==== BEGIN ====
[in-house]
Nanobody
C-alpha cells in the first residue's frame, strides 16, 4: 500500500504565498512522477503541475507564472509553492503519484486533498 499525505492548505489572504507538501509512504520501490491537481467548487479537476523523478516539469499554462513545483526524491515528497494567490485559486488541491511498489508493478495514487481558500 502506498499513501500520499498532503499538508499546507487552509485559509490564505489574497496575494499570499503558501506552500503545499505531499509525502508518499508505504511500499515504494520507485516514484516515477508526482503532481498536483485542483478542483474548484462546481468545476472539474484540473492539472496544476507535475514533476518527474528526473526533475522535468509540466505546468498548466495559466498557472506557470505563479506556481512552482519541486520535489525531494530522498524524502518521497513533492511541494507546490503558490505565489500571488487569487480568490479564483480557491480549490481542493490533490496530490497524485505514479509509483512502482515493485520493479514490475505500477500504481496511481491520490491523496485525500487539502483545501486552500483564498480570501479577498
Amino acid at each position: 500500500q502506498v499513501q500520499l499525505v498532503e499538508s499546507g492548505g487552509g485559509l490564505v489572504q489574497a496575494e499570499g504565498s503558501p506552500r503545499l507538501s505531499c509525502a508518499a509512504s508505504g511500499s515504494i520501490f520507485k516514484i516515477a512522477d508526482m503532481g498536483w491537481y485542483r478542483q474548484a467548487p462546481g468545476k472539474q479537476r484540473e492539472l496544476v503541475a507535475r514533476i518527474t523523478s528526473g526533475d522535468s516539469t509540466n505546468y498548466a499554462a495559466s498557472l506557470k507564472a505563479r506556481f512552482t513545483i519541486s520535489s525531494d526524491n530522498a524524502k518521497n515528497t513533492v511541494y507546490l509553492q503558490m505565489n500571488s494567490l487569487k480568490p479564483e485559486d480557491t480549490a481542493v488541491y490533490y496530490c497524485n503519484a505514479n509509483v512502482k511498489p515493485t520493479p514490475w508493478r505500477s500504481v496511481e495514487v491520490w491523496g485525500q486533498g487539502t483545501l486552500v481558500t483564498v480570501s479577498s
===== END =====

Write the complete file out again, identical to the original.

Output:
[in-house]
Nanobody
C-alpha cells in the first residue's frame, strides 16, 4: 500500500504565498512522477503541475507564472509553492503519484486533498 499525505492548505489572504507538501509512504520501490491537481467548487479537476523523478516539469499554462513545483526524491515528497494567490485559486488541491511498489508493478495514487481558500 502506498499513501500520499498532503499538508499546507487552509485559509490564505489574497496575494499570499503558501506552500503545499505531499509525502508518499508505504511500499515504494520507485516514484516515477508526482503532481498536483485542483478542483474548484462546481468545476472539474484540473492539472496544476507535475514533476518527474528526473526533475522535468509540466505546468498548466495559466498557472506557470505563479506556481512552482519541486520535489525531494530522498524524502518521497513533492511541494507546490503558490505565489500571488487569487480568490479564483480557491480549490481542493490533490496530490497524485505514479509509483512502482515493485520493479514490475505500477500504481496511481491520490491523496485525500487539502483545501486552500483564498480570501479577498
Amino acid at each position: 500500500q502506498v499513501q500520499l499525505v498532503e499538508s499546507g492548505g487552509g485559509l490564505v489572504q489574497a496575494e499570499g504565498s503558501p506552500r503545499l507538501s505531499c509525502a508518499a509512504s508505504g511500499s515504494i520501490f520507485k516514484i516515477a512522477d508526482m503532481g498536483w491537481y485542483r478542483q474548484a467548487p462546481g468545476k472539474q479537476r484540473e492539472l496544476v503541475a507535475r514533476i518527474t523523478s528526473g526533475d522535468s516539469t509540466n505546468y498548466a499554462a495559466s498557472l506557470k507564472a505563479r506556481f512552482t513545483i519541486s520535489s525531494d526524491n530522498a524524502k518521497n515528497t513533492v511541494y507546490l509553492q503558490m505565489n500571488s494567490l487569487k480568490p479564483e485559486d480557491t480549490a481542493v488541491y490533490y496530490c497524485n503519484a505514479n509509483v512502482k511498489p515493485t520493479p514490475w508493478r505500477s500504481v496511481e495514487v491520490w491523496g485525500q486533498g487539502t483545501l486552500v481558500t483564498v480570501s479577498s